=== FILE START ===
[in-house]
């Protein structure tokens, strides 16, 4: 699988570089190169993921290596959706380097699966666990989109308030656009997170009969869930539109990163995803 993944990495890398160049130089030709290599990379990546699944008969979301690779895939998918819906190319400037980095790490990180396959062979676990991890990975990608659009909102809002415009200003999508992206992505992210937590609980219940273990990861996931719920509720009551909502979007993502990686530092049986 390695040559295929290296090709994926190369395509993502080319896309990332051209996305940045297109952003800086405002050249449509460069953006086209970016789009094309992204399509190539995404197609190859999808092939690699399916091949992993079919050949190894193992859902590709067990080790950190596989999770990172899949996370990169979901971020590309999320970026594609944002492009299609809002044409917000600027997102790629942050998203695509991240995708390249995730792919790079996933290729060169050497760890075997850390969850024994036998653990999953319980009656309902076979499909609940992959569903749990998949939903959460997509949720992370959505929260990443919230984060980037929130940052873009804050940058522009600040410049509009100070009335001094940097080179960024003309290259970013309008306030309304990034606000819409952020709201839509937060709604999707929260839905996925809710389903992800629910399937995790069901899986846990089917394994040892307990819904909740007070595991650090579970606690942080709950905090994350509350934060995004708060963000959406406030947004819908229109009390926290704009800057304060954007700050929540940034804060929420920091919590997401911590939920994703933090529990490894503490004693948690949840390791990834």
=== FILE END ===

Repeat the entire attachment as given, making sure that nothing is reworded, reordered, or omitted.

[in-house]
């Protein structure tokens, strides 16, 4: 699988570089190169993921290596959706380097699966666990989109308030656009997170009969869930539109990163995803 993944990495890398160049130089030709290599990379990546699944008969979301690779895939998918819906190319400037980095790490990180396959062979676990991890990975990608659009909102809002415009200003999508992206992505992210937590609980219940273990990861996931719920509720009551909502979007993502990686530092049986 390695040559295929290296090709994926190369395509993502080319896309990332051209996305940045297109952003800086405002050249449509460069953006086209970016789009094309992204399509190539995404197609190859999808092939690699399916091949992993079919050949190894193992859902590709067990080790950190596989999770990172899949996370990169979901971020590309999320970026594609944002492009299609809002044409917000600027997102790629942050998203695509991240995708390249995730792919790079996933290729060169050497760890075997850390969850024994036998653990999953319980009656309902076979499909609940992959569903749990998949939903959460997509949720992370959505929260990443919230984060980037929130940052873009804050940058522009600040410049509009100070009335001094940097080179960024003309290259970013309008306030309304990034606000819409952020709201839509937060709604999707929260839905996925809710389903992800629910399937995790069901899986846990089917394994040892307990819904909740007070595991650090579970606690942080709950905090994350509350934060995004708060963000959406406030947004819908229109009390926290704009800057304060954007700050929540940034804060929420920091919590997401911590939920994703933090529990490894503490004693948690949840390791990834």